I braved the snow and cold to visit the new exhibition at Tate Britain, 'All Too Human: Bacon, Freud and a Century of Painting Life'. The title sort of suggests it's all about life painting but it also included some paintings - not many - of painting the built environment, such as Auerbach's paintings of his North London stomping ground and works by some other artists. One of these paintings that stood out for me was 'Citadel' by FN Souza with it's strange jewel-like colours and dark background. But it was the life painting and portraits I wanted to see.

The focus was very much on the second half of the 20th Century which makes it a bit odd subtitling the exhibition as a 'century' of painting. The first room includes some works from earlier in the century, such as 'Polish Woman' by Chaim Soutine and two portraits of Patricia Preece (one clothed and one naked). We then rush forward to works produced after the Second World War and artists like Bacon Souza and William  Coldstream.

I was quite taken by Coldstream's 'Seated Nude' from 1952-53, by it's simplicity and accuracy. Look at that head and face, that is definitely a woman placed in a specific time with short hair, simply styled, and white body with some colour on arms and legs where they've been exposed to some sun. She is not idealised and, other than the hair style, could have been on the Number 19 bus this morning going to work. There were a couple of other nudes by Coldstream, including one of an older woman who was bare breasted but wearing a white skirt for some reason, but I liked the simplicity and honesty of this one. I wonder who she was?

There were a few paintings of the city by Frank Auerbach and Leon Kossoff, and one that really sprang to life was Kossoff's 'Children's Swimming Pool, Autumn Afternoon 1971'. I'm the right age to have been in that massively overcrowded pool in 1971 and I could almost hear the shrieking and laughing of the kids jumping in and splashing each other, and the teacher or life guard shouting at a group of boys up to no good. I've been there. Of course, no sane person would allow so many people in the pool at once.

I'm not too keen on Bacon but I was very impressed with the selection of portraits by Lucian Freud. I haven't seen that much of his work before so it was good to see so many of his paintings at the same time, some head and shoulders, some full body, big and small works from odd angles. One of the first we see is an early self-portrait ('Man's Head (Self Portrait I)'from 1963) with slabs of contrasting colour and vigorous brush marks. Bright highlights and darker tones easily capturing the image in a surprisingly simple and effective portrait.

Another of Freud's paintings that caught my attention was his portrait of Frank Auerbach from 1975-76. Again, it's deceptively simple and shows the shape of the forehead and nose with simple, blunt strokes that brings the painting to life. He added a touch of green to the skin tone here, used a brush stroke there and voila! a real life person captured in paint. I stood in front of this painting for a while trying to work out how he'd constructed this portrait and made it so life-like. I suspect that some of the colour of his shirt has made it's way into his face (I would've done that too).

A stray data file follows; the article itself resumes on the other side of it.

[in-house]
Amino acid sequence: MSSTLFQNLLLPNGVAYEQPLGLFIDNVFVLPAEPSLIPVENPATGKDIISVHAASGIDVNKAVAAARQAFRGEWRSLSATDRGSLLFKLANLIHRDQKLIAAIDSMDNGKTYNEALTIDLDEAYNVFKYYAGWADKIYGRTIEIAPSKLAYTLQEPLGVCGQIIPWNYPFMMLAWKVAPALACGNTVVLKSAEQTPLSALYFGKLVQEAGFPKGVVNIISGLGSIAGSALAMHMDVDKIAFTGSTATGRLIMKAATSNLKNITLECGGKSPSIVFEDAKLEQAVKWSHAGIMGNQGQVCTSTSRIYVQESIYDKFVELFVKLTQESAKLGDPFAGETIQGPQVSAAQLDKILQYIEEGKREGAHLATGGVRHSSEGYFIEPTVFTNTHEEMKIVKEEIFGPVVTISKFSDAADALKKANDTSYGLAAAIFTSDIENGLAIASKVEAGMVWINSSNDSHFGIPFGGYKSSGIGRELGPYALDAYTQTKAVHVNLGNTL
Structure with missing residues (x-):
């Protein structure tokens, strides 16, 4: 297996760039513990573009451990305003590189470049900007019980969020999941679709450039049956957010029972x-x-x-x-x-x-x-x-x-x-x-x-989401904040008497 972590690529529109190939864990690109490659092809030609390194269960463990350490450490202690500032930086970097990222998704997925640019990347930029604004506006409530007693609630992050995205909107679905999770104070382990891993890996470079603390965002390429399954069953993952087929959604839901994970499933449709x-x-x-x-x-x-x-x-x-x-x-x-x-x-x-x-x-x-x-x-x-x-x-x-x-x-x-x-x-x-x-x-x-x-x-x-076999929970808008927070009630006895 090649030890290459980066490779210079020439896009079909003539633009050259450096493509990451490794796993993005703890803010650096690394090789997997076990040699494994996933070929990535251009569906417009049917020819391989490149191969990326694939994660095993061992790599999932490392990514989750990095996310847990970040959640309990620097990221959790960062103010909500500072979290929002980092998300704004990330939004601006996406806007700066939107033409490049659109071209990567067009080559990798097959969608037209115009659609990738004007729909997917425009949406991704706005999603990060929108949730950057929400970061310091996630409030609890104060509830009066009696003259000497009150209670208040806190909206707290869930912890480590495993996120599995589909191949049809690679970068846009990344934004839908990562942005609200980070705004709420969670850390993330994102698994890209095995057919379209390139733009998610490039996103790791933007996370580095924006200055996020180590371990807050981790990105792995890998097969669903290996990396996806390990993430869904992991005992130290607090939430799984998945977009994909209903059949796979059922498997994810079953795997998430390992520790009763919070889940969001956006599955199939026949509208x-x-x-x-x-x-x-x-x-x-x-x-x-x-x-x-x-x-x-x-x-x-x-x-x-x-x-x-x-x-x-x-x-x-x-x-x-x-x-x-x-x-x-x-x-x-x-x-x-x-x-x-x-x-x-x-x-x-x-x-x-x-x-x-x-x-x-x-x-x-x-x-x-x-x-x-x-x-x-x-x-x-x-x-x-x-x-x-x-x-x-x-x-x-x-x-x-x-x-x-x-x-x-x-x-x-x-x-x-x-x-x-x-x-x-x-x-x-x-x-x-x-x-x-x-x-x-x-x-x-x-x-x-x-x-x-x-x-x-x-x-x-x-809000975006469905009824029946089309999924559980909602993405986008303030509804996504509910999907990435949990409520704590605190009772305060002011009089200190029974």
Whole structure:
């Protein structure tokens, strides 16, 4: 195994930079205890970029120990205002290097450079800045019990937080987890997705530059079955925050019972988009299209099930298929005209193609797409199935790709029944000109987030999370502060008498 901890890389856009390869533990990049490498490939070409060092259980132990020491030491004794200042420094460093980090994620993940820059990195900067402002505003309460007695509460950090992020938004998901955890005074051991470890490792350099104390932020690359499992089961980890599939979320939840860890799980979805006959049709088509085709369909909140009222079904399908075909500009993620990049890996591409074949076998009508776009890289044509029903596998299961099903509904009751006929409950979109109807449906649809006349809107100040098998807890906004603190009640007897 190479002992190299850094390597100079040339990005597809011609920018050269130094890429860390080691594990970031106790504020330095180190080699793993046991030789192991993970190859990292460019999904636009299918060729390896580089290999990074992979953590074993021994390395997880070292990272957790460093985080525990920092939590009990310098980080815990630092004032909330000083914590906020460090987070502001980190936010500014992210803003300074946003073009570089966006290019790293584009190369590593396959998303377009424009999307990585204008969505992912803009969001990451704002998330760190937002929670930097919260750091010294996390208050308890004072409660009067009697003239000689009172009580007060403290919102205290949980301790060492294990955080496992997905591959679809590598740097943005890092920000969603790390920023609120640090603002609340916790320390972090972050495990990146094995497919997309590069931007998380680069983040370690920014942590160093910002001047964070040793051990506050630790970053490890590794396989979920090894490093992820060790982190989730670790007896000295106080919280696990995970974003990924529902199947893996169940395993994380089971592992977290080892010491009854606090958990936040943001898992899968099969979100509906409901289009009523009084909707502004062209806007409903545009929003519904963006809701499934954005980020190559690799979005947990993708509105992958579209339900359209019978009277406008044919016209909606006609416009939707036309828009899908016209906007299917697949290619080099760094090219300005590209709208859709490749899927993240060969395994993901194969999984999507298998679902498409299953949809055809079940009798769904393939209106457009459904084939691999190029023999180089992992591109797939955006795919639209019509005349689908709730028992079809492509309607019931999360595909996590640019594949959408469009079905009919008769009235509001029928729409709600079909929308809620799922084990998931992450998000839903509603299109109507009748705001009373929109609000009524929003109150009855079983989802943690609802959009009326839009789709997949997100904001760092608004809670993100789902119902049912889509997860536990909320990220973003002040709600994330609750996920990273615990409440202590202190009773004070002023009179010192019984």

The room is filled with other paintings by Freud, including portraits of Leigh Bowery and of Sue Tilley (both, strangely, asleep) and a large painting of Freud's assistant and his dog, 'David and Eli'.

There's a room full of paintings by Paula Rego which are worth viewing and a rather striking self- portrait of Celia Paul called 'Painter and Model' from 2012. I'm not entirely sure why this painting attracted me, a slender woman with an extreme hair-cut wearing a smock covered in paint spatters. Maybe it's the sheer messiness of the painting, with squeezed tubes of paint at her feet and the dirty smock covering her from shoulders to feet. Or maybe it's the stillness of the painting that simply says, 'I'm here'.

The final room included a huge painting by Jenny Saville, at maybe 6'x6' square, simply of her face called 'Reverse' from 2002-03. The label beside the painting says that she 'collected' images of flesh wounds to try to match the skin colours and this painting just radiates that, with the deep red flesh tones around the mouth. I wasn't the only viewer to be fascinated by this painting with a few others while I was there looking at it then at others and returning to it. It's a very strange and powerful image. And big.

So there you have it, my take on another exhibition at Tate Britain. It's not one of their best but it's definitely worth viewing and I'll be going back, if only to examine those Lucian Freud portraits again.

Sunday, 25 February 2018

'Lady Windermere's Fan' at the Vaudeville Theatre